I can only assume you will create some criteria/formula for this, which itself could be a source of intense discussion. After all, how could you fairly compare say, Levi Strauss with Zegna? I'm not making the case for either brand, I'm just choosing 2 brands that I think would be hard to compare. Both sell jeans, for example, but from what I've seen of Zegna jeans, Levi, and in particular LVC, wins hands down. However, Zegna's topline tailored clothing is excellent, of course. Is that reputation dampened by their diffusion lines though, and is Levi's dragged down by its mall ubiquity?

    And how about the lifetime of a brand versus it's perception now? BB, for example, is widely considered a shell of its former self, so is it ranked based on its current invocation, its heyday, or an average? Again, I'm not saying that BB should be ranked, just providing an illustrative example.

    TL:DR - an interesting challenge.
     


  10. bourbonbasted

    bourbonbasted Cyber Eliitist

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    Jotted down the first 25 that came to mind, in no particular order. Some of them have had their ups-and-downs, but their contribution to the history of getting dressed is there for sure... at least IMHO.

    Ralph Lauren
    Brooks Brothers
    Brioni
    Kiton
    Huntsman
    John Lobb
    Armani
    Gieves & Hawkes
    Barbour
    Peal & Co (pre BB)
    Valentino
    Burberry
    Nutter
    Harris Tweed
    Lacoste
    Rolex
    Gucci
    E. Tautz
    LL Bean
    Paul Smith
    Turnbull & Asser
    Luxottica
    Hermes
    Barker
    Levi's
     
    Last edited: Sep 18, 2012


  11. Quadcammer

    Quadcammer Senior member

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    I think Ralph Lauren is probably the most important menswear brand, but you also have the SR tailors like Huntsman, A&S and Steed. Then you have stallwarts like Brooks Brothers, Edward Green, Aquascutum etc.

    I don't really think you can create a good list though as mentioned above (levis vs. zegna)
     


  12. jeff13007

    jeff13007 Senior member

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    Why did you put kiton and attolini together?
     


  13. bourbonbasted

    bourbonbasted Cyber Eliitist

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    Agreed. Then there is the issue of a company creating something that has become ubiquitous, even if the brand itself has faded (i.e. Barker with the Goodyear welt, Burberry with the trench coat, E. Tautz with the Tautz lapel, etc). Beyond that there is the issue of a brand influencing the movement of men's fashion (Nutter's bold patterns, YSL's bold designs, etc). Cross that will brands like LL Bean and Levi's that have made men's staples for decades, and you're left with a lot of juxtaposition that doesn't make much sense from a context standpoint.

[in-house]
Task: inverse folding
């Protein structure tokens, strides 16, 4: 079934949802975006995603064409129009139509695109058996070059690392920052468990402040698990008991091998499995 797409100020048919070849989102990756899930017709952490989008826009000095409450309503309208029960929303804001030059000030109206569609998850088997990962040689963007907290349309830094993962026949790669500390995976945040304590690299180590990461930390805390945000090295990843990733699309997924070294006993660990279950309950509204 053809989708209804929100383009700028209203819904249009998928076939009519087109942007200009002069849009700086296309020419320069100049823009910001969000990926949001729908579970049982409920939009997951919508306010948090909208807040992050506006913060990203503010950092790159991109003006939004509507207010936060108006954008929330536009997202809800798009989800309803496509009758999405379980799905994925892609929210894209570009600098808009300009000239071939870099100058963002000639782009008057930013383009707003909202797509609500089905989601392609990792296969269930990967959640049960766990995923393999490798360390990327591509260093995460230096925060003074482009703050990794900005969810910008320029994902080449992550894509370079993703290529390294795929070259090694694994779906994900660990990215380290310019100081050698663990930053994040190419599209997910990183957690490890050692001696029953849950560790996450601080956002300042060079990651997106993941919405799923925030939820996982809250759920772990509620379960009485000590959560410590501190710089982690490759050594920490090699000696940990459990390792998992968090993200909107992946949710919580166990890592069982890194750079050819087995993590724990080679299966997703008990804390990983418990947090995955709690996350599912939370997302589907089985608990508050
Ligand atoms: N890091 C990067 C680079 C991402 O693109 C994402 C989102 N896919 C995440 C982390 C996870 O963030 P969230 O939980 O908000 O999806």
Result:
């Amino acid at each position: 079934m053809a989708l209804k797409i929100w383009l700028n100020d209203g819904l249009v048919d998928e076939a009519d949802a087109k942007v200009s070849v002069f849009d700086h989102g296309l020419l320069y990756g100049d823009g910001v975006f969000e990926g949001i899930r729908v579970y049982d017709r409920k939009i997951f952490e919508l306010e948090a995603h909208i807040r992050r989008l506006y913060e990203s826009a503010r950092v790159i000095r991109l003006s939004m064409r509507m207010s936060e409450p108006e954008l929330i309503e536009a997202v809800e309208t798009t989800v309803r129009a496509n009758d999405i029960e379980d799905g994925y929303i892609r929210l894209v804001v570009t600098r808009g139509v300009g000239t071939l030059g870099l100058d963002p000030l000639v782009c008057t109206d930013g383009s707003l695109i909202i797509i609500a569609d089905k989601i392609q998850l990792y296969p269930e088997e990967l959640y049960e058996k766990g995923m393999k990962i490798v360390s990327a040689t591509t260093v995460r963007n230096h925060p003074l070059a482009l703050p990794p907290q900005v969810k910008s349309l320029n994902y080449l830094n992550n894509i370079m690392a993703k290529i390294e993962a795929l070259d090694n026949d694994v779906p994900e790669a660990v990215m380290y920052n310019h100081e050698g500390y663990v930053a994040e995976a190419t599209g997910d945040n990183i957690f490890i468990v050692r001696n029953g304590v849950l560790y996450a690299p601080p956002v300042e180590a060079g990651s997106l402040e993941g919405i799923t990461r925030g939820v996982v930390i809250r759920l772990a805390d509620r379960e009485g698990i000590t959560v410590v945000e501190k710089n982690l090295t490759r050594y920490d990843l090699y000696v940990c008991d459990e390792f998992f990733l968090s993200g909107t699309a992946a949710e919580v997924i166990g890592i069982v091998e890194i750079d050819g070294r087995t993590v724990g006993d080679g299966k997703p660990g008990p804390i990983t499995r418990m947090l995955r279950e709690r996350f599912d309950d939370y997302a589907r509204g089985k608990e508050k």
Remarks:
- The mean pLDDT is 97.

14. FlyingMonkey

    FlyingMonkey Senior member

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    Is this going to be resolutely N.American / European?

    I think you can make a strong case for at least three major Japanese brands to be on this list: Issey Miyake, Comme des Garcons (Rei Kawakubo) and Yohji Yamamoto. Whether you like them or not, these brands have all been very influential over the last 30 years, and have trained many people in house who have gone on to work all over the world in all areas of mens and womenswear. The problem is, of course, that we start to stray into slightly more avant-garde / catwalk fashion terrain, which all the suggestions so far seem to be avoiding...
     
    Last edited: Sep 18, 2012


  15. SeaJen

    SeaJen Senior member

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    Which to me says that there are a number of lists, or at least a number of dimensions: Moved the needle; Did one thing better than everyone; Dominated an era; Survived; Revered; etc.
    Alternatively, everyone is ranked based on their core competency. Again, not straightforward to determine that, but at least it avoids Zegna being damaged by its jeans, or Gucci by its watches, say. Can Burberry be saved from its chav following though? There's no love for nova check on SF, but it's still a brand I like.
     
    Last edited: Sep 18, 2012